Bill Belichick's decision-making deserves questioning amid the New England Patriots' 1-4 start. And we can think of one decision in particular worth spotlighting ahead of the Patriots' Week 6 matchup with the Las Vegas Raiders.
The Raiders edged the Green Bay Packers 17-13 on Monday night thanks to the play of wide receiver Jakobi Meyers, who led the team in receptions (seven) and receiving yards (75) while scoring one of Las Vegas' two touchdowns.
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Meyers, of course, spent his first four seasons with the Patriots before New England let him walk in 2023 free agency to sign a three-year, $33 million deal with Las Vegas. To account for Meyers' loss -- he was the Patriots' leading receiver for three straight seasons from 2020 to 2022 -- Belichick and the front office signed wide receiver JuJu Smith-Schuster to a relatively similar deal of three years and $25 million.
The result has been a disaster for New England through five weeks: Meyers has racked up 25 catches for 274 yards with three touchdowns, while Smith-Schuster has been an absolute dud, with just 14 catches for 86 yards through five games.
Our Patriots Insider Tom E. Curran was particularly frustrated watching Meyers torch another NFL defense Monday night in Las Vegas.
Former Patriots wide receiver Julian Edelman shared a similar sentiment even before Monday's game during appearance on FS1's "The Herd" with Colin Cowherd.
“I’m still a little shook on the Jakobi Meyers departure,” Edelman told Cowherd. “I didn’t get that."
"He could separate a lot,” Edelman added. “He could run routes. He was tough in the run game. He would go in and block [with] force. And that’s what you preach as a New England receiver: get open, catch the ball, and block in the run game. Those are the three things you hear all the time.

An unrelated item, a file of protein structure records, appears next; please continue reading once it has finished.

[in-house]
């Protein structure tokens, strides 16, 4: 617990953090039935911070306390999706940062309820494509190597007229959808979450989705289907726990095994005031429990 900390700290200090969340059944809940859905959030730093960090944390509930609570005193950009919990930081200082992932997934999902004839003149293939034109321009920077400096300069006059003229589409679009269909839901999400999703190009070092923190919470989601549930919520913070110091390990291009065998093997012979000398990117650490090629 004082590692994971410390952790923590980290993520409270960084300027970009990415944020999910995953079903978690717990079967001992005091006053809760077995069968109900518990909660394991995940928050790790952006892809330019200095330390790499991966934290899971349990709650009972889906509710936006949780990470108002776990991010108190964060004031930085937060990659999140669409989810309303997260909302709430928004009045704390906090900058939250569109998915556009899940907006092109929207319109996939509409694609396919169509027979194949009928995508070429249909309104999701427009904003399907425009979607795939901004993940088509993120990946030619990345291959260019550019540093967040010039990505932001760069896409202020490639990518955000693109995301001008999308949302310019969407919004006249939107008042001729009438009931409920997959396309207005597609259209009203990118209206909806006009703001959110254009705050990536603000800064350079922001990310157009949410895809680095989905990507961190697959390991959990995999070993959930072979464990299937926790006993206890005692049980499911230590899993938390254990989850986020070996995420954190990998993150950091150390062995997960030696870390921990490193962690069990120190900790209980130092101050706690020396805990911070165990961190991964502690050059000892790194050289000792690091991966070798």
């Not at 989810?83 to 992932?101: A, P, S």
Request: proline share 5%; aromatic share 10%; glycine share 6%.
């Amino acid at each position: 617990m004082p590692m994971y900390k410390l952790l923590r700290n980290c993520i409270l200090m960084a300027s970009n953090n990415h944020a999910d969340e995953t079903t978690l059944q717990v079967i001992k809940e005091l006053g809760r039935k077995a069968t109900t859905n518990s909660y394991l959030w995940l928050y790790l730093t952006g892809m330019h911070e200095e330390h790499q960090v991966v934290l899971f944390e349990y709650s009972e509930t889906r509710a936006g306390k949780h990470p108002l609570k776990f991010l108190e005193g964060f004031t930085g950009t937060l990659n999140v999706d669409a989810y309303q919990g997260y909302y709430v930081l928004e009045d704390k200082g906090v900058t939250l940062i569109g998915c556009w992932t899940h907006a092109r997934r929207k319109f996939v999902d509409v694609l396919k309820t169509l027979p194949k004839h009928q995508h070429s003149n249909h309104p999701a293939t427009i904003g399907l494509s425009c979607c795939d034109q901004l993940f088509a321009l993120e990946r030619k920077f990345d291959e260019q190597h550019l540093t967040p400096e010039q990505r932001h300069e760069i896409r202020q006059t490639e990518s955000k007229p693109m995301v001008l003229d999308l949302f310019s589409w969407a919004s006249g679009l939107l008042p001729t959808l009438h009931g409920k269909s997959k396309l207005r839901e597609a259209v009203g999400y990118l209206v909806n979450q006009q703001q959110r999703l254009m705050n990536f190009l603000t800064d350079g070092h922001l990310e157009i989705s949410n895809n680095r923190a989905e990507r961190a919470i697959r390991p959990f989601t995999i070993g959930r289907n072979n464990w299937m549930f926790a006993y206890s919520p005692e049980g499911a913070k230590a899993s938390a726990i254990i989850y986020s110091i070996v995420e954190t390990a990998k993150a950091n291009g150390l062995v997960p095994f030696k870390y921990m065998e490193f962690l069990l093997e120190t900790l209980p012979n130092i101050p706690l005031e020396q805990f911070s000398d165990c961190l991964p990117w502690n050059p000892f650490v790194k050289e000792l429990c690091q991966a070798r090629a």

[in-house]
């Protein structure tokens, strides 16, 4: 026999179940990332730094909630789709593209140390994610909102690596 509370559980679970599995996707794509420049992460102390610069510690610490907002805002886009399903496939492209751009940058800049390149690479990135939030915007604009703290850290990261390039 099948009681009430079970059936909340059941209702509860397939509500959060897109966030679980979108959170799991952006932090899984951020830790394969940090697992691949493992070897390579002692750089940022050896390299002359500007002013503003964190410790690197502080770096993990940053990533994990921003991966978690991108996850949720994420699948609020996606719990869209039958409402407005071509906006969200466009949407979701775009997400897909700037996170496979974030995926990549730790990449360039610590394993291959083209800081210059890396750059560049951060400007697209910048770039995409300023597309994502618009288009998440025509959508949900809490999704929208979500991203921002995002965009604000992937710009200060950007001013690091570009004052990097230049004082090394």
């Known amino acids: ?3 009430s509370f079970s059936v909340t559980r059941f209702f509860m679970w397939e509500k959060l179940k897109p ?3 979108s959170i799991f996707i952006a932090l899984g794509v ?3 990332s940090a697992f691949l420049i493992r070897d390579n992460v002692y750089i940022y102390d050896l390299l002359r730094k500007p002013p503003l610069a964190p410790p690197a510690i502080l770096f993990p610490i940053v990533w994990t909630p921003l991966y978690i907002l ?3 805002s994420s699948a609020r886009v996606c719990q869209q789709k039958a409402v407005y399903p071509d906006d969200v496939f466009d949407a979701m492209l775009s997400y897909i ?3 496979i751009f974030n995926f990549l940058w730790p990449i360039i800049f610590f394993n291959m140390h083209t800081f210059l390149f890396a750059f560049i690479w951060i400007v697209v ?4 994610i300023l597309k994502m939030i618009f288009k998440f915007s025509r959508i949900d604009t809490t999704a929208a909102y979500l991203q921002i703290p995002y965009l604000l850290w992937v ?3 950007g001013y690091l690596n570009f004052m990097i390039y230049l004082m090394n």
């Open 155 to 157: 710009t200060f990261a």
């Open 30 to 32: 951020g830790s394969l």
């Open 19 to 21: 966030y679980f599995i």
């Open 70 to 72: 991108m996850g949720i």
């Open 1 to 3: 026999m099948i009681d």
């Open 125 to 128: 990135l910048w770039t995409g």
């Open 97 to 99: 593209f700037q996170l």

"This receiver group we have, it just seems like they’re struggling to create separation regardless of the reason. They haven’t been able to separate."
Edelman's point is well-taken: New England has three players -- DeVante Parker, Kendrick Bourne and Hunter Henry -- who rank among the bottom 20 qualified pass-catchers in average separation from their defenders, per the NFL's NextGen Stats. Smith-Schuster isn't much far ahead of them on that list and has caught just 56 percent of passes thrown his way this season, compared to Meyers' 69.4 percent on significantly more targets.
Simply put, Meyers is exactly the type of pass-catcher Mac Jones could use right now: a strong route-runner with reliable hands who can serve as the quarterback's "security blanket" in passing situations. Meyers also is an excellent blocker, a trait Belichick values highly.
Unless there were behind-the-scenes factors that led to Meyers' departure -- Curran added that Meyers was open to re-signing with New England -- it's baffling that the Patriots would let him go to take a risk on Smith-Schuster, who had a known knee issue when he signed with the team in free agency.
Meyers alone probably wouldn't have prevented this New England offense from sliding into dysfunction in 2023. But he's certainly proved Belichick wrong through a quarter of the season, and will have another chance to do so in-person this Sunday.